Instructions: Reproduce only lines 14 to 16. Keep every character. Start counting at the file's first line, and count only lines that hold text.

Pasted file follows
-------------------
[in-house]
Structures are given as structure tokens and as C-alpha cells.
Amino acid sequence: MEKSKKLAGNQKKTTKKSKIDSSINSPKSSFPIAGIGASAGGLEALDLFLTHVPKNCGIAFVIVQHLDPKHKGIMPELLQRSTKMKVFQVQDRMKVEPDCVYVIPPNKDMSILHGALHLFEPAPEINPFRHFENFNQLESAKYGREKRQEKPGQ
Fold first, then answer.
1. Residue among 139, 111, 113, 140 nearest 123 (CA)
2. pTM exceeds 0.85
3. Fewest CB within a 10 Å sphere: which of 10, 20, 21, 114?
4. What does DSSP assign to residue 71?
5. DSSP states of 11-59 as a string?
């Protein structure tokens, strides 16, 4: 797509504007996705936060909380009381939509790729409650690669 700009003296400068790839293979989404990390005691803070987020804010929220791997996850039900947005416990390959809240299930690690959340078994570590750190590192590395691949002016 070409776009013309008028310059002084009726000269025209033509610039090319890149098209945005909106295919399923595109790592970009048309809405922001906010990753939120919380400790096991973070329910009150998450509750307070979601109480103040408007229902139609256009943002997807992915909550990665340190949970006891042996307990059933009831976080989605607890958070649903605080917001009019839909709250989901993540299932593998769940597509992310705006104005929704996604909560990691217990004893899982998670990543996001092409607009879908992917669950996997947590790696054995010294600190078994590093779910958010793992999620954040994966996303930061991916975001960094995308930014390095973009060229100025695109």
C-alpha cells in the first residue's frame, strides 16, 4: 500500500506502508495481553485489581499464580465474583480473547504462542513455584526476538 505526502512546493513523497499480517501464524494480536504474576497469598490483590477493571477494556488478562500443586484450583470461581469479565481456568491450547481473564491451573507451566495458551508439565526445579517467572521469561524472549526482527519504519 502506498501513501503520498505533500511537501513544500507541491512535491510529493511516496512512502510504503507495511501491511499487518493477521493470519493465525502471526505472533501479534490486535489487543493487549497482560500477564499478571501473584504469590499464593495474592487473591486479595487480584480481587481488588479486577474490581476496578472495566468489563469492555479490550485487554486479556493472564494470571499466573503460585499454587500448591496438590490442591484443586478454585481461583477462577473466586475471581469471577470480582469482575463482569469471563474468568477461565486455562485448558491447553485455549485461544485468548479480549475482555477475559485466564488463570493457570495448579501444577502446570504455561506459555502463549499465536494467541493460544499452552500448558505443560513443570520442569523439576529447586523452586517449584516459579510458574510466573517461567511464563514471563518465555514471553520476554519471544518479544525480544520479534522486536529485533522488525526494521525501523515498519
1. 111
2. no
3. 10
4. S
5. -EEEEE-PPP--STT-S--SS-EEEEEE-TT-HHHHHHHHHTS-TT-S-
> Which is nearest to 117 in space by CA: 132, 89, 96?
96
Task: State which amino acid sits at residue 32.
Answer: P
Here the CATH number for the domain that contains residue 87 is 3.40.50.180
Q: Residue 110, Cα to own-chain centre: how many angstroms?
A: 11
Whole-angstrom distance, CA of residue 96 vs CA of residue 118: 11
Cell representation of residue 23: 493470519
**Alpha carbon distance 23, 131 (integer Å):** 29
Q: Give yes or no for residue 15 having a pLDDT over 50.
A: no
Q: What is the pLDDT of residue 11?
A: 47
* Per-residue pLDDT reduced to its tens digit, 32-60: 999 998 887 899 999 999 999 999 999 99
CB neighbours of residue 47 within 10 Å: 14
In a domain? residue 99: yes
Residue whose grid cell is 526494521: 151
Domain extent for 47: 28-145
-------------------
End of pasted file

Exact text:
3. 10
4. S
5. -EEEEE-PPP--STT-S--SS-EEEEEE-TT-HHHHHHHHHTS-TT-S-